In a rapidly-globalizing 21st century, with an increase in global issues that require the cooperation of both countries, the bilateral relationship between Japan and U.S., as well as their ability to solve problems together is more important than ever.
With this context, the Japan Foundation’s Center for Global Partnership provides assistance to the U.S.-Japan Network for the Future, which is a skills-fostering program led by the U.S.-based Maureen and Mike Mansfield Foundation. The program aims to seek individuals who are willing to undertake activities revolving around U.S.-Japan relations and endeavors to build the relationship between them and their counterparts in Japan, as well as strengthening the relationship between participating specialists. From across the United States, we seek specialists who undertake research, investigation, exchanges, and other initiatives across an array of fields related to Japan-U.S. relations. On top of this, joined by prominent Japan specialist advisors, we provide an outlet for exchange of opinions with American officials and Japanese industry, discussion trips, programs visiting Japan, and much more.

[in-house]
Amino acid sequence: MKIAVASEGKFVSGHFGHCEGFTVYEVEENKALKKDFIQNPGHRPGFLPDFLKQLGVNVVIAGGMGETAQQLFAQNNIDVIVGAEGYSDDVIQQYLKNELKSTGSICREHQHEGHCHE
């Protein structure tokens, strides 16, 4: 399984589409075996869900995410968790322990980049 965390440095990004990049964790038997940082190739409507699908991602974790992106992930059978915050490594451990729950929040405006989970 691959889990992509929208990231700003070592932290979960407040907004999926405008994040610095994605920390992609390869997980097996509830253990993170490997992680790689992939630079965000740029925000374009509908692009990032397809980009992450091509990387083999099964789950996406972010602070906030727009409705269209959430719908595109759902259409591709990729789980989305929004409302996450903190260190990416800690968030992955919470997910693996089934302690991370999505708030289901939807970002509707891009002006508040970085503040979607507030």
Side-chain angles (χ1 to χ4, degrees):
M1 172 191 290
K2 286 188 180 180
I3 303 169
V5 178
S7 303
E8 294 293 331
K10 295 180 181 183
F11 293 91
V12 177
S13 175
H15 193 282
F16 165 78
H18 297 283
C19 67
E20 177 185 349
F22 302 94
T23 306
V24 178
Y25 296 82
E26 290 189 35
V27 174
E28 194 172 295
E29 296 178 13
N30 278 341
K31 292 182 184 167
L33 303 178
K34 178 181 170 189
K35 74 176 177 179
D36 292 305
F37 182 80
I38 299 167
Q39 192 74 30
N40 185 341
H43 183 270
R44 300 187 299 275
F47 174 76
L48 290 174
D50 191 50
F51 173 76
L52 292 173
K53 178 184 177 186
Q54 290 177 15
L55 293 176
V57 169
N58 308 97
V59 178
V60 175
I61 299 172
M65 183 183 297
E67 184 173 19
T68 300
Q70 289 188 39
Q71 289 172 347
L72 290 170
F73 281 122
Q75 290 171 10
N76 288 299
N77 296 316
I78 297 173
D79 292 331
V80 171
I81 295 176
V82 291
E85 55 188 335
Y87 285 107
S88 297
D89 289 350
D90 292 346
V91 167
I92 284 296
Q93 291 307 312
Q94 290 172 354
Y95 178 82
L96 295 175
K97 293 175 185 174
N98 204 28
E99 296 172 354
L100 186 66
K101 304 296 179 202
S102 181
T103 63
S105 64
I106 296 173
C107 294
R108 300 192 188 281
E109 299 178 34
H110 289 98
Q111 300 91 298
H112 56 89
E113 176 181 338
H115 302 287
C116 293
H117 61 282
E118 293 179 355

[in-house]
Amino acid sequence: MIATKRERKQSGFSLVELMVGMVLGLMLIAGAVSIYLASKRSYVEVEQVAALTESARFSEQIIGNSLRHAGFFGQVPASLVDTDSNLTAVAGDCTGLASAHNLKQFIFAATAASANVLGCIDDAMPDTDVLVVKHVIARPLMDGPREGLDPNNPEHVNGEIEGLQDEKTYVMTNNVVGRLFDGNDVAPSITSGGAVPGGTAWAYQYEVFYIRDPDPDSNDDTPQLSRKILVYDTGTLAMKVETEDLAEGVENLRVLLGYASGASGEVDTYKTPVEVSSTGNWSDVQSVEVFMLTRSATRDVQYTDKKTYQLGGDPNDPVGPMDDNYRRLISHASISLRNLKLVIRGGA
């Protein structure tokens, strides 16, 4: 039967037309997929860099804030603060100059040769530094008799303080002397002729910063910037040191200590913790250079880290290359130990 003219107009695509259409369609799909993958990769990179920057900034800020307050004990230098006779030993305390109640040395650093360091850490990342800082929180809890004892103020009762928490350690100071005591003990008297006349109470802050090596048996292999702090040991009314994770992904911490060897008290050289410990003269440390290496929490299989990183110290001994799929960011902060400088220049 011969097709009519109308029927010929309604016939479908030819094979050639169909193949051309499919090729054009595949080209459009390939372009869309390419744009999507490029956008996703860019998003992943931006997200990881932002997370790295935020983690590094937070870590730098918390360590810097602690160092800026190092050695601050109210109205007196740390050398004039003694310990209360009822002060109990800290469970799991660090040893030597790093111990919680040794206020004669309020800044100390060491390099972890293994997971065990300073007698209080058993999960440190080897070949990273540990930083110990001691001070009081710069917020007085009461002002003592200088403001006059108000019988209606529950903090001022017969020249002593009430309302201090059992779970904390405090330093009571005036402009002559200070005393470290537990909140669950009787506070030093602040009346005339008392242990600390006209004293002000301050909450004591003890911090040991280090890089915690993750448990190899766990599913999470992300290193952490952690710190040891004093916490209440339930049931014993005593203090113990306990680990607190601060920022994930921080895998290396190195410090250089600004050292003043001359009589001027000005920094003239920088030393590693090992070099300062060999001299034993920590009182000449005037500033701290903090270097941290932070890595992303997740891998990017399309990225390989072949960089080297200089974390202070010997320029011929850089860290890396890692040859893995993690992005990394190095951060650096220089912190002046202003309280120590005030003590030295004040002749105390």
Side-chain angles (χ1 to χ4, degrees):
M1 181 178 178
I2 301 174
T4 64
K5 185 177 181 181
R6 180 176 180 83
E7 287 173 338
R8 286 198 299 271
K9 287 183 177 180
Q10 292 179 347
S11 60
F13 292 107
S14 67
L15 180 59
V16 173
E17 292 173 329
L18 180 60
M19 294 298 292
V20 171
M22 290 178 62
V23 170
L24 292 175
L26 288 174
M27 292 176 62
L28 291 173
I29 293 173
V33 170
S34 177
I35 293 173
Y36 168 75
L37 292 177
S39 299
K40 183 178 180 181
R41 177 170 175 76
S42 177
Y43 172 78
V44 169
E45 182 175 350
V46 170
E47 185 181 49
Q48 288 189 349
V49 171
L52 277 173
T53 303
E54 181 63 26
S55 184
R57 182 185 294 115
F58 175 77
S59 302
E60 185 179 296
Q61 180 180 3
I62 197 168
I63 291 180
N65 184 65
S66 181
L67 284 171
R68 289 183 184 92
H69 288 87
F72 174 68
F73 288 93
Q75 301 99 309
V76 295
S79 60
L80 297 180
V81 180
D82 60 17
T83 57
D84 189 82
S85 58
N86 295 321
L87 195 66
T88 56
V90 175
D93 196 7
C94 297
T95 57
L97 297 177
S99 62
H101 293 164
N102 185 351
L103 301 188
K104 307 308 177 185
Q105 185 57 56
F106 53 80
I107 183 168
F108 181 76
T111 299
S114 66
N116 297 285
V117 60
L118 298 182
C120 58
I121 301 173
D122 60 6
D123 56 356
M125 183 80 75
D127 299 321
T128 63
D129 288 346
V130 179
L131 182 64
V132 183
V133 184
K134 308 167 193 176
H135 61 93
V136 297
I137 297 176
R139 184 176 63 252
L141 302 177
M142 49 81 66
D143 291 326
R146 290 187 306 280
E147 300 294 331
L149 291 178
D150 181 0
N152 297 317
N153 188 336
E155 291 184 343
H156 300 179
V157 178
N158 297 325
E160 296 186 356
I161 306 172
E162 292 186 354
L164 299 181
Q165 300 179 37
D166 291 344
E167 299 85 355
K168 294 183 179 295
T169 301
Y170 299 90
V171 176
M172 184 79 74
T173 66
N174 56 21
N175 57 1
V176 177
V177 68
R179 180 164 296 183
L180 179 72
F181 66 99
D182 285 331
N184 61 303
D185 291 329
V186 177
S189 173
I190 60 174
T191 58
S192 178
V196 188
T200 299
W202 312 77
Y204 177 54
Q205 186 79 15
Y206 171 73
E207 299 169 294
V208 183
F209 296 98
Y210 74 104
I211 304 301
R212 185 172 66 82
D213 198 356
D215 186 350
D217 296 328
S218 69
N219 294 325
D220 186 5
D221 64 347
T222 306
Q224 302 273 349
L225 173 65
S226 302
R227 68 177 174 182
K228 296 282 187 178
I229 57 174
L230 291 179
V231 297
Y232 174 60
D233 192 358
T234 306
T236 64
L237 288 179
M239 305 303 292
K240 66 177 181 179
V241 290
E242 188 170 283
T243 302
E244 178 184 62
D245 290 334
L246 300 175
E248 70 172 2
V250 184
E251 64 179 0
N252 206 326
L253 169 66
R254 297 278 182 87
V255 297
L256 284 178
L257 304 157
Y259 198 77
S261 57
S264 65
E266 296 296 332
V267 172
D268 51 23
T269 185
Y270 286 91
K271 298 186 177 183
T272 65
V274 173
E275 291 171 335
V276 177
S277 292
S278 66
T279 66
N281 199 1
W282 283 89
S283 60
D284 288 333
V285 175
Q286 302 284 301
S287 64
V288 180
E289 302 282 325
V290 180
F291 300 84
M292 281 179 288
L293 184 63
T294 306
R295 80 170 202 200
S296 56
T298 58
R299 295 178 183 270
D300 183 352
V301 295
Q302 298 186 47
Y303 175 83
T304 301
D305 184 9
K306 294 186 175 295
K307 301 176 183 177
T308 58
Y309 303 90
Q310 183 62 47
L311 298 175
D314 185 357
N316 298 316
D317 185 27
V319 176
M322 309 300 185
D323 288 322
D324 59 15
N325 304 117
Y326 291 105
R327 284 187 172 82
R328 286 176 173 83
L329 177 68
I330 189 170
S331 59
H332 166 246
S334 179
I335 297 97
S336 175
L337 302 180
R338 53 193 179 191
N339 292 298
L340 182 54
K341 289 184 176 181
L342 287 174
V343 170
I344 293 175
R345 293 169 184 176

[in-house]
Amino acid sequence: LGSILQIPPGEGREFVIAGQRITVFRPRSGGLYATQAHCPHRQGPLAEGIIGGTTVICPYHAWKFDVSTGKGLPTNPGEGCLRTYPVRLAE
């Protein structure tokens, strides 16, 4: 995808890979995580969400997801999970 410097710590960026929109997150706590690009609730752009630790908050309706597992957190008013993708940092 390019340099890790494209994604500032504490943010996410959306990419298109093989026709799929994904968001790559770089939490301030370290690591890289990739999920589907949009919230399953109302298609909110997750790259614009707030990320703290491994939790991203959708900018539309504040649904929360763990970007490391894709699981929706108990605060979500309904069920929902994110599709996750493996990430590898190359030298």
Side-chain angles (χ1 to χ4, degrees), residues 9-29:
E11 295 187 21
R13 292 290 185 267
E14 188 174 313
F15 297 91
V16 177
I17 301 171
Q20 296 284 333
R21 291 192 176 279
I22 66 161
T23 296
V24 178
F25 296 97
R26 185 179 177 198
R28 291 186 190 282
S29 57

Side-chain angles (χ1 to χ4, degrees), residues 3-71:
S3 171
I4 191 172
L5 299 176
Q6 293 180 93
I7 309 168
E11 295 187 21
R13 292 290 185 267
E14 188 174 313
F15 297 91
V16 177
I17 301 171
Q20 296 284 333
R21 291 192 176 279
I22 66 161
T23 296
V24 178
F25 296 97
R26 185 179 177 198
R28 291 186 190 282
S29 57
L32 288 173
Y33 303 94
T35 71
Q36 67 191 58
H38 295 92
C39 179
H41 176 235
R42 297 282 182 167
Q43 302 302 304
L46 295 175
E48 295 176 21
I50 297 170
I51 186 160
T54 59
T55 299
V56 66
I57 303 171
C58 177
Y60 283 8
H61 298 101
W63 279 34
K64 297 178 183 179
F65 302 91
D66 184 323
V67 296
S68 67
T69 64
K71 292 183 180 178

In this way, the program aims to deepen understanding about the importance of Japan and the U.S. working together on a global, diverse agenda, as well as the two nations’ cooperation, among mid-career, young Japan specialists who in the near future are likely to make achievements in U.S. policy, media, and education. At the same time, the program aims to provide diverse opportunities to foster deep networks between its participants.
Selected through the application process, the program’s participants are Japan specialists with diverse backgrounds, such as research, NGO, thinktank, and U.S. government work. From the West Coast to the East Coast, and all of the United States, the fact that the participants are drawn from such a diverse pool is a factor that sets this program apart.
Over the course of this two-year program, the participants attend a briefing session held in Washington, D.C., overnight training in Montana, research visits to Japan, and much more. Through opportunities such as these, the participants gain a greater understanding of the various issues surrounding Japan-U.S. relations and finally report on their findings at a public event.